‘Cove’ Wins Big at Cinema Eye Honors

Event created to oppose the perceived neglect of quality in the selection of the annual Oscar short list for documentaries

Despite its beginnings as a sort of anti-Oscars, Cinema Eye Honors gave its top feature award to Louie Psihoyos’ "The Cove" on Friday night. The film’s Brook Aitkin won for best cinematography and Paula DuPre Pressman and Fisher Stevens won for best production.

The best direction award went to “The Beaches of Agnes’” Agnes Varda, though. And R.J. Cutler’s “The September Issue” walked away with the audience choice prize.

Launched in 2008 by filmmaker A.J. Schnack, Cinema Eye initially served to oppose a perceived neglect of quality in the selection of the annual Oscar short list.

Now in its third year, however, the event appears to have moved beyond that goal to a broader initiative of honoring contemporary achievements in nonfiction film — filling a void often created by the Hollywood-heavy awards season mayhem.

Luminaries of the documentary field showed up to present awards and receive them: Albert Maysles introduced a tribute to the late Canadian filmmaker Allan King; Ross McElwee accepted a Legacy Award from Barbara Kopple for "Sherman’s March"; and Peter Davis ("Hearts and Minds") — "twined in the geezer department with Albert Maysles," he said — handed out the production award.

The ceremony had its adorably uneven moments, including a oddly playful DJ with a tendency for strangely erotic music cues and the appearance of documentarian Doug Block.

But the sincerity of the event percolated throughout every tribute and introduction, even the long-winded ones, in light of the sheer intensity of documentary filmmaking in the current climate for independent film — or, rather, in any climate for independent film. As Amir Bar-Lev, director of "My Kid Could Paint That" and the upcoming Sundance entry "The Tillman Story," recalled of his first feature experience: "My girlfriend at the time kept saying to me, ‘Get a job.’"

Bar-Lev presented the Debut Feature Film prize to Michael Palmieri and Donal Mosher, directors of "October Country," a delicately shot portrait of one year in the life of a family in Herkimer, New York. The movie, which also won Outstanding Achievement in Original Music Score, was up for a Gotham Award last month. However, since it won’t hit theaters until February, there’s no chance that "October Country" will play a role in the Oscar season.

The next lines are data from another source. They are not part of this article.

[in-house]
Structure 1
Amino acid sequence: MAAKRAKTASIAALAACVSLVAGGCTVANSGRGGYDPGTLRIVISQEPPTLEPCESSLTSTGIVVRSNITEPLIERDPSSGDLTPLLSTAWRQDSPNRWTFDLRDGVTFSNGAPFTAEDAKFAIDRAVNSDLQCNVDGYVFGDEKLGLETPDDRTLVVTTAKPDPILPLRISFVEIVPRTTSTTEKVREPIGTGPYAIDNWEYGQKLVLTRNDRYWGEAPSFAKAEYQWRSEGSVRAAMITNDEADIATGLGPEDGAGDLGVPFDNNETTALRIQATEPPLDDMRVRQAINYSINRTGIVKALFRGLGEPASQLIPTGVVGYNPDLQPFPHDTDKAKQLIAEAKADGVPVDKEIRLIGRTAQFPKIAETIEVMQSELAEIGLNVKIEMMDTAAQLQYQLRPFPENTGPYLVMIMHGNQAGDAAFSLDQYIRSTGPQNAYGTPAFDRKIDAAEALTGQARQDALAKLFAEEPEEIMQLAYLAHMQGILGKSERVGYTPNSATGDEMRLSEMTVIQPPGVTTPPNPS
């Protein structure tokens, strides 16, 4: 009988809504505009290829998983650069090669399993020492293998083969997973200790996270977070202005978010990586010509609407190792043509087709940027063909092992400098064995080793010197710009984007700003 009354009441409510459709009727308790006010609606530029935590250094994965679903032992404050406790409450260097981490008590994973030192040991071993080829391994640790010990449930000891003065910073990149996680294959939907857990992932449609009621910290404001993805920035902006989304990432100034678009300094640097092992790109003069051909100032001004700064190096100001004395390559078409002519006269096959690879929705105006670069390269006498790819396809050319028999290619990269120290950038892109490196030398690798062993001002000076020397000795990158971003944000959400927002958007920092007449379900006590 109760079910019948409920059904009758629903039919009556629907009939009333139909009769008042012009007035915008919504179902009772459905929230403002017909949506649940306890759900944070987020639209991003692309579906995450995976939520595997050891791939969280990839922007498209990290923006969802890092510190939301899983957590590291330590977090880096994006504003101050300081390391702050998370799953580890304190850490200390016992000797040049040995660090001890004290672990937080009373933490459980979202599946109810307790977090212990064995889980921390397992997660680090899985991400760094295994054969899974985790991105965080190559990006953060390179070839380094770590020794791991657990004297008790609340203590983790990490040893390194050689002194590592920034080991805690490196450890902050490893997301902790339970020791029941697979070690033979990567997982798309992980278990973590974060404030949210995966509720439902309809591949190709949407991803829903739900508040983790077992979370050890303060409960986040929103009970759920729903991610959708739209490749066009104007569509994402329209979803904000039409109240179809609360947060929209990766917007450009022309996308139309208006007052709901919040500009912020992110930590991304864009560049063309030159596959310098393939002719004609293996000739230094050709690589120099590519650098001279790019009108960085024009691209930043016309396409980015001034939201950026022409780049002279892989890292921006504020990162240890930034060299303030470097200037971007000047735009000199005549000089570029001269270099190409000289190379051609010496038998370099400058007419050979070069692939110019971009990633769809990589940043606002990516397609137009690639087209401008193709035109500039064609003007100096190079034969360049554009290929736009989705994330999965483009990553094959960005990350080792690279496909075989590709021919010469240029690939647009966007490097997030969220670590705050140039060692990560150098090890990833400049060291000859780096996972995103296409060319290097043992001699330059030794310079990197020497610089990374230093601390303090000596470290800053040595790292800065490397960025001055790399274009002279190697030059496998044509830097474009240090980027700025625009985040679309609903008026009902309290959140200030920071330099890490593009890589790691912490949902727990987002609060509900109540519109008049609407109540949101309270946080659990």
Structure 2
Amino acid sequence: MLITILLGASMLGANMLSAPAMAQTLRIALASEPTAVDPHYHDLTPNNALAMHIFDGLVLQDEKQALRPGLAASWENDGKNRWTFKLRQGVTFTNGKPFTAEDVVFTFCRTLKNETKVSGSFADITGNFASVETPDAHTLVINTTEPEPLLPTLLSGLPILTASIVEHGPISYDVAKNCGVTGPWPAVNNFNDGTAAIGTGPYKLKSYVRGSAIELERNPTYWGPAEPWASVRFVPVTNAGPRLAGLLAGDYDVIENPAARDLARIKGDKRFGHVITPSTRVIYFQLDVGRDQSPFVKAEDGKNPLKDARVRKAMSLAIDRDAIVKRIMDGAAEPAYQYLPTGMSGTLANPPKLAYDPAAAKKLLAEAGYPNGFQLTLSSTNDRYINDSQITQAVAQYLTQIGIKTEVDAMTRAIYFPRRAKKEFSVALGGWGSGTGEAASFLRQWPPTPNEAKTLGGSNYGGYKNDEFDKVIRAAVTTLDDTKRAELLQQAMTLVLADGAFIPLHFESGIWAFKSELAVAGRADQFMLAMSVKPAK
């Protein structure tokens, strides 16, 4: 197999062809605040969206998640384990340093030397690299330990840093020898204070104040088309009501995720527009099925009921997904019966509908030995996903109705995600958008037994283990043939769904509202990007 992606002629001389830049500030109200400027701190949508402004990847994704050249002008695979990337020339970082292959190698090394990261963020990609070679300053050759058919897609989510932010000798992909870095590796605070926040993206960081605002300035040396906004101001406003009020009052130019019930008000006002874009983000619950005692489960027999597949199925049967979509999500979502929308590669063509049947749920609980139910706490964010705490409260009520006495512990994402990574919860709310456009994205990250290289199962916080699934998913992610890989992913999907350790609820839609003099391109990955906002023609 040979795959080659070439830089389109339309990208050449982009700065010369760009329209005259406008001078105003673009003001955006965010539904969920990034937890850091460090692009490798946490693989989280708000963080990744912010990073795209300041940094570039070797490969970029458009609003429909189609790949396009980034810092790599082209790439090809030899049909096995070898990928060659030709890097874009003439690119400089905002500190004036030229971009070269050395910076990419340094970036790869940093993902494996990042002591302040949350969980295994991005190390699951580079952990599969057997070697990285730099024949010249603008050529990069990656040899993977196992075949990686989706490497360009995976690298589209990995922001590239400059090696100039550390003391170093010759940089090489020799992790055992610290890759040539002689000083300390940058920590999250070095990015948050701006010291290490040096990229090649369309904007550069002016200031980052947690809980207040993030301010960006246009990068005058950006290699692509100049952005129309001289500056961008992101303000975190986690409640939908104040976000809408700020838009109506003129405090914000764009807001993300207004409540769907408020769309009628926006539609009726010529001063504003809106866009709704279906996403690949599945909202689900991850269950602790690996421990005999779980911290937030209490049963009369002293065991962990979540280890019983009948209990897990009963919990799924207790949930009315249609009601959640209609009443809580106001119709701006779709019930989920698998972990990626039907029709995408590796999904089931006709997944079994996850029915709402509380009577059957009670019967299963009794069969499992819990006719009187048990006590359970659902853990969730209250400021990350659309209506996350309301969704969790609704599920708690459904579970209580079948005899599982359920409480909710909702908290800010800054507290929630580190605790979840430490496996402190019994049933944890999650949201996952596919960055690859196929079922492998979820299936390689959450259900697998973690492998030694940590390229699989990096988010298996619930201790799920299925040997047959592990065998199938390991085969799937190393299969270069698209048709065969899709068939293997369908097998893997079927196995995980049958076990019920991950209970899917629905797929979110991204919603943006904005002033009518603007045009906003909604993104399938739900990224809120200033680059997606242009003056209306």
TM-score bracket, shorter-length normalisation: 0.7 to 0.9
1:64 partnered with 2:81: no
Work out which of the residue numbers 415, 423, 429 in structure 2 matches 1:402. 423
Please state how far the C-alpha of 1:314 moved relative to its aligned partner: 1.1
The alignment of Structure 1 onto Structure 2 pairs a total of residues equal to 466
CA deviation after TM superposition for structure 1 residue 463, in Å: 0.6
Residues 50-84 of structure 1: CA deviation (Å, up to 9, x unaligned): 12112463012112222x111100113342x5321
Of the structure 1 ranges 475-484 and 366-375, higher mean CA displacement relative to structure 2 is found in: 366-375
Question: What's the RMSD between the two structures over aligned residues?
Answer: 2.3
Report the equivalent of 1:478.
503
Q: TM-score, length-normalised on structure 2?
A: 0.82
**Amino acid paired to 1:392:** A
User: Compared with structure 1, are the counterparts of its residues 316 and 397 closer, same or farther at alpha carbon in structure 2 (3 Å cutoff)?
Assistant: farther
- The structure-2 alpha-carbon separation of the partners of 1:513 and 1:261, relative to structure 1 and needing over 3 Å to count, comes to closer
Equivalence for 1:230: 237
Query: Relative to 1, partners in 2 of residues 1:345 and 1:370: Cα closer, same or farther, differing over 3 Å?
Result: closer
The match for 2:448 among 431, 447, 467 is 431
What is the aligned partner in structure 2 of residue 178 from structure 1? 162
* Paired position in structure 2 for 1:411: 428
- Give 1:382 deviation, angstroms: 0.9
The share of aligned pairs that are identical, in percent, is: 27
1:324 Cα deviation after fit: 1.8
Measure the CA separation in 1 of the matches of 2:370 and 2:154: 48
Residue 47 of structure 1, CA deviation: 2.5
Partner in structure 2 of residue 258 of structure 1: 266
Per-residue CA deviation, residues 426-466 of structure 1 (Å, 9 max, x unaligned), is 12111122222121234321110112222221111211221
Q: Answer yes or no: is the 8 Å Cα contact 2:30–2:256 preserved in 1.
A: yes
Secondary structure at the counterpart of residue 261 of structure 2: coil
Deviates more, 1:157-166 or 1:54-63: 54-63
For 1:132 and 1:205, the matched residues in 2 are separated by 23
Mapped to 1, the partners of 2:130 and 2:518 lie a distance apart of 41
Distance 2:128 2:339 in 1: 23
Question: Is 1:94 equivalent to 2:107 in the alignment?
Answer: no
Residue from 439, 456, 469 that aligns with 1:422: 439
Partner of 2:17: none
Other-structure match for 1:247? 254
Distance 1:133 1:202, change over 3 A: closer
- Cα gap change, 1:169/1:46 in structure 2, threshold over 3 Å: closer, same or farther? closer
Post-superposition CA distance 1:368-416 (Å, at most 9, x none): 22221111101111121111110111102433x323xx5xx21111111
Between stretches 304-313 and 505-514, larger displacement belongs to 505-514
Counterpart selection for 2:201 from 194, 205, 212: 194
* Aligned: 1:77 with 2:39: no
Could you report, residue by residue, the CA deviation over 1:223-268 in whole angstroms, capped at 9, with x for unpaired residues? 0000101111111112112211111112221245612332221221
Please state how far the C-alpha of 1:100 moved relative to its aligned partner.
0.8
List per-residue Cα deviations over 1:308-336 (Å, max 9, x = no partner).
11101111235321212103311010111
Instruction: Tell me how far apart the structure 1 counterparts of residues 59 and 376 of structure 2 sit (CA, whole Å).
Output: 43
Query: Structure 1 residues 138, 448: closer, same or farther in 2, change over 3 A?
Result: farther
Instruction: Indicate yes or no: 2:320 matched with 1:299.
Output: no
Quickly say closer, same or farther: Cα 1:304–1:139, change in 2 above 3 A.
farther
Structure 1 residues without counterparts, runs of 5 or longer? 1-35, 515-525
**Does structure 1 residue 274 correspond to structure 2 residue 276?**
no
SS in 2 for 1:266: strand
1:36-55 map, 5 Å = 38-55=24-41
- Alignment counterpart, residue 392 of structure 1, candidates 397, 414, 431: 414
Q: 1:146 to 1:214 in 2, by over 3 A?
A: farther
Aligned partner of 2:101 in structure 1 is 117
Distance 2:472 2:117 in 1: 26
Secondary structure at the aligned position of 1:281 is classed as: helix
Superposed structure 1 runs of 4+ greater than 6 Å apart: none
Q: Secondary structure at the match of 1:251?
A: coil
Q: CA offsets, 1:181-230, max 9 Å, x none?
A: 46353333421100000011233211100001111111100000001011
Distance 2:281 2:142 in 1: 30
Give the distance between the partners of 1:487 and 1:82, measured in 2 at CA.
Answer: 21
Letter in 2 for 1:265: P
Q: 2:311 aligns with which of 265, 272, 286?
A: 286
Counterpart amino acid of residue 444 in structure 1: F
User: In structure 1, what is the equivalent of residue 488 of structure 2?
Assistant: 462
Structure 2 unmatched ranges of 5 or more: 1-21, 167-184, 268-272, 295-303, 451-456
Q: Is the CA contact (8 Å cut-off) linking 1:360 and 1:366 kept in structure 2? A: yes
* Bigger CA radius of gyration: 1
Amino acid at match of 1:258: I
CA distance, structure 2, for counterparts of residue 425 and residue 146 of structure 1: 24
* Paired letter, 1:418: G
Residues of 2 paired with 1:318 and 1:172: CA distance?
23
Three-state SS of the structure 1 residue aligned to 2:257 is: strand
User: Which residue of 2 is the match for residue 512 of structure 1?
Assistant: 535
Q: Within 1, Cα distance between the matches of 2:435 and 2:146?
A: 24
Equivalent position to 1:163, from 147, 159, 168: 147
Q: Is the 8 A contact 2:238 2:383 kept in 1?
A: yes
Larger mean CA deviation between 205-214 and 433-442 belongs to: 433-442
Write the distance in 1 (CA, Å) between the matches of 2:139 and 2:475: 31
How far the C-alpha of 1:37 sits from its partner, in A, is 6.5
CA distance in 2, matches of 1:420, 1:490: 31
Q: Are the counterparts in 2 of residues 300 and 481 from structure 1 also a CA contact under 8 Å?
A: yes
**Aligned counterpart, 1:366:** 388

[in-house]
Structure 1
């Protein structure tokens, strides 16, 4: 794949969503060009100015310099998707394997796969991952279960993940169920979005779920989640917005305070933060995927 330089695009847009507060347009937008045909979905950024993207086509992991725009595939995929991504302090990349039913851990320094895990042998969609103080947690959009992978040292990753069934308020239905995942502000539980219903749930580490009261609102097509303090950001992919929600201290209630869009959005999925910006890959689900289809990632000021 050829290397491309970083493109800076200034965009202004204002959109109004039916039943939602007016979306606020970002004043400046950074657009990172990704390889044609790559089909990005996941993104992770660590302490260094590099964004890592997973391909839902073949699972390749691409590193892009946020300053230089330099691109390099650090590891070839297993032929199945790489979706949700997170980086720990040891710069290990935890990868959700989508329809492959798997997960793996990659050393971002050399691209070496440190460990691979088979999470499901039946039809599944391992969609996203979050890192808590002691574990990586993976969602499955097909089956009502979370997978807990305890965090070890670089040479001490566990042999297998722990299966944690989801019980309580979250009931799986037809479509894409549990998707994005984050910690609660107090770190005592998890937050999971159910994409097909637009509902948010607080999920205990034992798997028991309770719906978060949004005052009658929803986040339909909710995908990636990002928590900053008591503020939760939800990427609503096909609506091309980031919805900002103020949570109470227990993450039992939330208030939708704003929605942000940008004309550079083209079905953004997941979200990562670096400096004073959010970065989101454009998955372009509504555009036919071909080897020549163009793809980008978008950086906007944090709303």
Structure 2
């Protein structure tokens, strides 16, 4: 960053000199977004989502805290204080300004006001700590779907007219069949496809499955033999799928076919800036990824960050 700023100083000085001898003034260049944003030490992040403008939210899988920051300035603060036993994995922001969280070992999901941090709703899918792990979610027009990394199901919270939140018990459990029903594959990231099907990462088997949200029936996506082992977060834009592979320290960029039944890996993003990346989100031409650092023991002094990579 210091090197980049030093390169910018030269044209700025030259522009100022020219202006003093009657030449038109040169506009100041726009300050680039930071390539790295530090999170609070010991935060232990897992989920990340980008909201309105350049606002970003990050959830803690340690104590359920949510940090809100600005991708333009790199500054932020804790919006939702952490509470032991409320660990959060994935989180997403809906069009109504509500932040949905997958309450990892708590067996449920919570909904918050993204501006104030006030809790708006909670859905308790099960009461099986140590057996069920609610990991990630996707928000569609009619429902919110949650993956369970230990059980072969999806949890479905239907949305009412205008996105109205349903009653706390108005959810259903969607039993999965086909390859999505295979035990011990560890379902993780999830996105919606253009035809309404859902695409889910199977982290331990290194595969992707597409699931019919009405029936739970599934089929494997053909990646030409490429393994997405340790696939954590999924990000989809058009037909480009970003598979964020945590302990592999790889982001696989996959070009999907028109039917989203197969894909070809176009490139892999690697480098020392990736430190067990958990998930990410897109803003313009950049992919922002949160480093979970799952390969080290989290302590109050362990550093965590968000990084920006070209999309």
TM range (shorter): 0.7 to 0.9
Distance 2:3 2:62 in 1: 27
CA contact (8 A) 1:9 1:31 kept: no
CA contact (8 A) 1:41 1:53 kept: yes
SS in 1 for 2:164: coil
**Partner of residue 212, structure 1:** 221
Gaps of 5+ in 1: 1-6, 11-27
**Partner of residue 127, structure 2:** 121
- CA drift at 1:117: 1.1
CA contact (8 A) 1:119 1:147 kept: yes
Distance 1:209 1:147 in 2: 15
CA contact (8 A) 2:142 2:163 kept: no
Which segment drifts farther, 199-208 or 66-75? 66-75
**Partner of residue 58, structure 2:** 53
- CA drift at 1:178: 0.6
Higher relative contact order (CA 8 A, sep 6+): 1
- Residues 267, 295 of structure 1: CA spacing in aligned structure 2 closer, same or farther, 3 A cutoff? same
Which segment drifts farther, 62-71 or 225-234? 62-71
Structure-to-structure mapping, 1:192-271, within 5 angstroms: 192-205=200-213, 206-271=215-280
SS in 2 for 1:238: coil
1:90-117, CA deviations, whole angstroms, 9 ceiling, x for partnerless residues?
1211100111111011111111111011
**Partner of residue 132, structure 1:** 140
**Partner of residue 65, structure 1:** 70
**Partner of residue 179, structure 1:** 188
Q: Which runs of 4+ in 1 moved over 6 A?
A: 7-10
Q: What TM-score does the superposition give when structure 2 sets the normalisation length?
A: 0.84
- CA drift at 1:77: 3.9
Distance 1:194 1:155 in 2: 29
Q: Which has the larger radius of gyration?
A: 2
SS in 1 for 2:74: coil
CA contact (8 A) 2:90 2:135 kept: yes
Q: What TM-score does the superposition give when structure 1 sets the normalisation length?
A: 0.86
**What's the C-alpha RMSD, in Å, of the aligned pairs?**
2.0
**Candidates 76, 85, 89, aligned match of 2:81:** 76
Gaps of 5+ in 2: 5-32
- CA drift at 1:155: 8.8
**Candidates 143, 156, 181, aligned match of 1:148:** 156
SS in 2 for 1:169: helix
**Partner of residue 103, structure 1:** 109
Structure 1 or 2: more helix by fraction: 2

Along with "Burma VJ" and "Rip: A Remix Manifesto," its place at the podium on Friday may have been a rare opportunity to bathe in the spotlight.

The full list of Cinema Eye winners:

Outstanding Achievement in Nonfiction Feature Filmmaking:
“The Cove,” directed by Louie Psihoyos, produced by Paula DuPre Pesman and Fisher Stevens
Outstanding Achievement in a Debut Feature Film:
“October Country," directed by Michael Palmieri and Donal Mosher

Outstanding Achievement in Direction:
Agnes Varda, “The Beaches of Agnes”
Outstanding Achievement in Production:
Paula DuPre Pressman and Fisher Stevens, “The Cove”
Outstanding Achievement in Cinematography:
Brook Aitken for “The Cove”
Outstanding Achievement in Editing:
Janus Billeskov-Jansen and Thomas Papapetros for “Burma VJ”
Outstanding Achievement in Grapic Design and Animation:
Tie: Big Star for “Food, Inc” and “RIP – Remix Manifesto”
Outstanding Achievement in Original Music Score:
“October Country”: Danny Grody, Donal Mosher, Michael Palmieri and Kenric Taylor
Outstanding Achievement in an International Feature:
“Burma VJ,” directed by Anders Ostergard, produced by Lise-Lense Moeller
Audience Choice Prize:
“The September Issue,” directed by RJ Cutler
Spotlight Award:
“Beetle Queen Conquers Tokyo,” directed by Jessica Oreck
Cinema Eye Legacy Award:
“Sherman’s March, directed by Ross McElwee